Rights & Money

When You Don’t Need Your RRIFs Yet

My wife and I are retired and in our 70s but still earning consulting income. We don’t yet need our RRIFs— about $50,000 each—but have to take funds out yearly and pay tax on it. What’s the best way to transfer it all to our TFSAs instead, which can be a later source of untaxed income and won’t reduce GIS benefits?

By Olev Edur

First, the tax hit on RRIF withdrawals is not dependent on where the funds are transferred to, so the TFSA issue is immaterial.



Next, depleting RRIFs depends on many factors, particularly total income levels both now and later. Anything deducted from an RRIF beyond the first tax-free $2,000 annually—thanks to the pension income credit—will be taxed at your top marginal rate. In your province of Nova Scotia, for 2021, the first marginal rate of 23.79 percent applies to income up to $25,000 and the top rate of 43.5 percent applies from $98,040 to $150,000.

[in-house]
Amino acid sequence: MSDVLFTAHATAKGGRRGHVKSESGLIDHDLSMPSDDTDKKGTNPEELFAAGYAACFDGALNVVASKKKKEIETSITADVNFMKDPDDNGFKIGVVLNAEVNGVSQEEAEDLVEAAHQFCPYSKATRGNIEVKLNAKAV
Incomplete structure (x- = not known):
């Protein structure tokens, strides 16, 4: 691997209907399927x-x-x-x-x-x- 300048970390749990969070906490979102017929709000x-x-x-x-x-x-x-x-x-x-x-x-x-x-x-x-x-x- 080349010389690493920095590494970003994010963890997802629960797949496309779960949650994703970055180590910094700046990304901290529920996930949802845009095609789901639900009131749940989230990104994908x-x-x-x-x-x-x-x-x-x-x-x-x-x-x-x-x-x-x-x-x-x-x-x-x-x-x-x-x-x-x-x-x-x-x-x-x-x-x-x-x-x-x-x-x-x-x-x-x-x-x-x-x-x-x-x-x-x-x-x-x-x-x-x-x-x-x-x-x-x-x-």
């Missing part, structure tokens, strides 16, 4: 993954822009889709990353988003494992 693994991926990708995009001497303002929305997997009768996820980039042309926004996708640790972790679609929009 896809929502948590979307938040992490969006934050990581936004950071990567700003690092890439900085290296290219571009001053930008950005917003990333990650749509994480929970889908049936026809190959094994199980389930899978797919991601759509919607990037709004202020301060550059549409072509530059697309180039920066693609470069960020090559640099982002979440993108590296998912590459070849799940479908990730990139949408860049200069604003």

Annual Incomes

So, let’s say your current annual incomes are $40,000 each; you’d be paying 30.48 percent on RRIF withdrawals beyond that $2,000 freebie. You claim you’ll later be eligible for GIS, so let’s set your post-consulting incomes at $15,000; your minimum RRIF withdrawals would then be taxed at 23.79 percent. I suggest, then, that you withdraw only the minimum until you quit consulting, to reduce the tax hit.



With three annual withdrawals of $16,666 to deplete the RRIFs quickly, only a tiny bit would be taxable at 30.48 percent, the first $2,000 would be tax-free and the rest could be taxed at as low as 23.79 percent. However, for each of these years, you’d lose GIS. If you withdrew the full amount at once, you’d be hit with a top rate of 37.7 percent, but most of it might be taxed at as low as 23.79 percent and you’d lose only one year of GIS.

Of course, you’ll have to work out the figures yourself to calculate the most advantageous withdrawal schedule for your specifics.


Photo by Christian Bowen on Unsplash